I was looking for answers on this and came across a profound statement in a sermon. It simply said “YOU MATTER”. I was wondering what this meant and how this could possibly help me in answering my doubts.

Simply said: we live from the heart.  What we think, what we believe about ourselves will eventually shape what we do and how we live. 

Now we know that we matter to God because he loved us so much he sent his son to die for our sins.  But do we really believe that we matter to him? When we don’t believe that we matter to him, that we are his treasured possessions we will never live the way we were supposed to live - we will never walk the way we are supposed to walk.

For this reason Paul wrote to the Thessalonians:

For you know how, like a father with his children, 12 we exhorted each one of you and encouraged you and charged you to walk in a manner worthy of God, who calls you into his own kingdom and glory. (1 Thessalonians 2:11-12, ESV) 

See how easily we forget who we are.  Believers are citizens of God’s kingdom and glory but we need to be reminded - ‘exhorted… encouraged… and charged’.  These are strong words, because our instincts against God is also strong.  

But, Henry, why don’t I feel it sometimes? Good question…is it belief? Is it a question of faith? 

Remember, who you are in Christ.  You may never have heard it before. You may never have had someone look you in the eye and into your soul and tell you that you matter. But, God says this to us every single day when we remember the cross.  

“For God so loved the world, that he gave his only Son, that whoever believes in him should not perish but have eternal life. For God did not send his Son into the world to condemn the world, but in order that the world might be saved through him. (John 3:16-17, ESV)

The cross is proof that we matter.  Looking at our lives - where we live, what we do, what we earn - can lead to so much self-doubt.  But looking at Jesus’ life - where he died, what he did, what he earned for us - will lead to so much more joy and security. 

- Henry Langley

Three Miracles - by Tom Waters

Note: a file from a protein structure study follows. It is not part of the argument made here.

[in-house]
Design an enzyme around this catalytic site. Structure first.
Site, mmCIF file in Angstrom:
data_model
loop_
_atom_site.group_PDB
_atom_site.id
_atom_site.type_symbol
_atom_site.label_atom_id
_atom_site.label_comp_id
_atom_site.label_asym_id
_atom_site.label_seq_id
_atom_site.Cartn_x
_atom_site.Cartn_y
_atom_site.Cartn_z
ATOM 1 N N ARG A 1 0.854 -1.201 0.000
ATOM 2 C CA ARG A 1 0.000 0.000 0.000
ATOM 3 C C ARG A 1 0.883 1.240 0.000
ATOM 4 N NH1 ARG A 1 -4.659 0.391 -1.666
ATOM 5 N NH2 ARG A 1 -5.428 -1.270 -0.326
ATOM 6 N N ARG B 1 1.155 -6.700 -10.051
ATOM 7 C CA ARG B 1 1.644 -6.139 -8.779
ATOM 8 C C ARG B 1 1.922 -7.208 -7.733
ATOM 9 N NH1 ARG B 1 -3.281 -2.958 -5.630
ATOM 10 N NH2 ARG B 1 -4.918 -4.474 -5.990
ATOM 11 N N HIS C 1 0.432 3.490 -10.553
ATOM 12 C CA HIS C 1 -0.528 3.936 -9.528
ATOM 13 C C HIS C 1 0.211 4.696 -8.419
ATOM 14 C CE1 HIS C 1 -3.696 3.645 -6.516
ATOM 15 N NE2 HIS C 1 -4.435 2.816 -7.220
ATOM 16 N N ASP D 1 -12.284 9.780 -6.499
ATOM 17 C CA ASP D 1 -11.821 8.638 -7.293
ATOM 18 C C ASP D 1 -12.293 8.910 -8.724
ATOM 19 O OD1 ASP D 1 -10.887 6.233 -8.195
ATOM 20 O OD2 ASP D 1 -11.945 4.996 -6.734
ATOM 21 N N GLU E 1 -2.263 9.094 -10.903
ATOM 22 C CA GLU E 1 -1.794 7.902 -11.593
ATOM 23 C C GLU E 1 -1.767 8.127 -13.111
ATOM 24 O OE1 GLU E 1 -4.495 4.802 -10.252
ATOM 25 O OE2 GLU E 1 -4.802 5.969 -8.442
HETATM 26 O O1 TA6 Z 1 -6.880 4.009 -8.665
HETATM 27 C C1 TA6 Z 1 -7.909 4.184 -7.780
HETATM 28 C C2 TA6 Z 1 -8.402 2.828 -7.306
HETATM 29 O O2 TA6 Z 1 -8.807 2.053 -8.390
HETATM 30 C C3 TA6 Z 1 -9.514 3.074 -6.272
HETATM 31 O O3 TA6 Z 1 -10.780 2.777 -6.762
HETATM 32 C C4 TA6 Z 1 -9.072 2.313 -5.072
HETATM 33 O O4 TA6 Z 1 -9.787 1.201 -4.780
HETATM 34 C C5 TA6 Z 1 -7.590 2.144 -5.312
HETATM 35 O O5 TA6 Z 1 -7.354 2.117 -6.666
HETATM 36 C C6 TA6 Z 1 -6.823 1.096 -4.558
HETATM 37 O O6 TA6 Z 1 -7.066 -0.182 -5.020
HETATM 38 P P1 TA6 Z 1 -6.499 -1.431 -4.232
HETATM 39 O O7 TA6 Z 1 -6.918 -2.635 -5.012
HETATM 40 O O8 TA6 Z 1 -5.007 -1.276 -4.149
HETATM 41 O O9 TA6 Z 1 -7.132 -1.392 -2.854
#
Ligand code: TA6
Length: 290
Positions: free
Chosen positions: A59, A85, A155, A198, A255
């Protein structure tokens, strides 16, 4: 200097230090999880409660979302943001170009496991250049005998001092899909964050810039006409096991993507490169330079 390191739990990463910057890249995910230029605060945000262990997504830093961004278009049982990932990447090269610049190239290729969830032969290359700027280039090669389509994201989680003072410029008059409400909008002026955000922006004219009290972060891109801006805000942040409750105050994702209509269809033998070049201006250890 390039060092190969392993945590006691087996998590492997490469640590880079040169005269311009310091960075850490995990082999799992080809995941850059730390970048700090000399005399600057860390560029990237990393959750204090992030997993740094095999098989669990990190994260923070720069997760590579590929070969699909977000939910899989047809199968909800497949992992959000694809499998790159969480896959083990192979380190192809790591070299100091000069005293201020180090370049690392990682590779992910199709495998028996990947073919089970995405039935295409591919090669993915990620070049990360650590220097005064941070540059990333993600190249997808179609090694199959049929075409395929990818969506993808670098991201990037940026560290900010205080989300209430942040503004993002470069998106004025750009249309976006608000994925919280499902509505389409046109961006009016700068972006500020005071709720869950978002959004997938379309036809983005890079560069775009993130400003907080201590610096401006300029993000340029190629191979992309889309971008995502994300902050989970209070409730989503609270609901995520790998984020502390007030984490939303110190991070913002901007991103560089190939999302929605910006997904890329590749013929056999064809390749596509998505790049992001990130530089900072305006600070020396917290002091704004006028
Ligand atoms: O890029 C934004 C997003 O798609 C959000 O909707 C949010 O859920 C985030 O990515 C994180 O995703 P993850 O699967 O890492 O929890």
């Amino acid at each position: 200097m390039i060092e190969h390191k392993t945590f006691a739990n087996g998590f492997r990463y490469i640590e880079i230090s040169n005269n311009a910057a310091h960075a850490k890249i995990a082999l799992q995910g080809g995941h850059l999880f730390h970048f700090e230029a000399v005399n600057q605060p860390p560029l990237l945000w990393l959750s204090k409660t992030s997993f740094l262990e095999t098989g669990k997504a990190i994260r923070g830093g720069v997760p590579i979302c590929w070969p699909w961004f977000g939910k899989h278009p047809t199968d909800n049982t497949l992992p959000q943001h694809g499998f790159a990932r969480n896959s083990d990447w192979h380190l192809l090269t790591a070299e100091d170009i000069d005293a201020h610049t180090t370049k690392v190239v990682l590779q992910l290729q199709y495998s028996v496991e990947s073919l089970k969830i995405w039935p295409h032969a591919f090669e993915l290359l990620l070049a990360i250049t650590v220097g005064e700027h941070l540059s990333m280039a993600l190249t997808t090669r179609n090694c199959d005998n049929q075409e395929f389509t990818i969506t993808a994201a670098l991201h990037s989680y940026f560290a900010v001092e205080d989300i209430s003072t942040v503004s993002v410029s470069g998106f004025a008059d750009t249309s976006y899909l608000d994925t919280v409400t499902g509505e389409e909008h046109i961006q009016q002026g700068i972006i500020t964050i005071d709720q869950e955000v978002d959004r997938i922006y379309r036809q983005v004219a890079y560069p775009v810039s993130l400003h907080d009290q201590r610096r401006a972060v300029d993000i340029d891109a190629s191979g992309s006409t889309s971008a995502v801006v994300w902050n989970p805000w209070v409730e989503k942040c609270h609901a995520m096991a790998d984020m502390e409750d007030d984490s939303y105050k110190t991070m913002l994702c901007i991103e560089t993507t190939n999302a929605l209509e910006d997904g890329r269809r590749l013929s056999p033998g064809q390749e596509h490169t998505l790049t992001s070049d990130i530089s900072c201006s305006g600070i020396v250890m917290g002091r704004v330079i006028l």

Luke 8:22-25; 40-56

In the 8th chapter of Luke's gospel, we are given an account of several miraculous events. Let's look at 3 of them - the calming of the storm, the healing of a woman, and the healing of Jarius's daughter.

In the first, the disciples wake Jesus up who is sleeping on the boat they're on. They are frightened because of the storm. Jesus calms the storm, and asks them, "Where is your faith?"

In the second, a woman with a long term bleeding pushes through a crowd around Jesus to touch his cloak. Jesus immediately realises this, and asks who touched him. When the woman identifies herself, Jesus replies, "Daughter, your faith has made you well."

Finally, Jesus is asked by Jarius, the ruler, to heal his daughter who is sick. After being distracted by the bleeding woman, someone tells Jarius to leave Jesus alone as the daughter is dead. But Jesus implores them to not fear but, "only believe", and she will be made well. They don't in fact believe, but Jesus heals her anyway.

What's common in these three passages is that they all refer to the faith of those involved. In the calming of the storm and Jarius's daughter, the people don't believe, but Jesus saves nonetheless. In the case of the bleeding woman, she does believe and Jesus says that's what saved her.

Is this passage making a point about whether non Christians can be physically healed by God? I don't think so. It tells us something about faith. Jesus reaches out to us even when we don't believe, to bring us to know him (you can see this in the calming of the storm and Jarius's daughter, where the disciples and the parents are amazed at him after the miracle). But we also see in the case of the bleeding woman that it is faith that saves.

Jesus reaches out to us even when we don't believe, so that we might have faith in Him. And it is through that faith that we are saved.

Meeting Jesus - by Peter Norris

“Clothed and in his right mind” – Luke 8:35

When I was reading Luke 8 recently, this phrase stood out to me: “...they found the man from whom the demons had gone, sitting at the feet of Jesus, clothed and in his right mind.”

It stopped me in my tracks and got me thinking. Being clothed and being in one’s right mind are simple states of being that we take for granted. But they are not easily come by.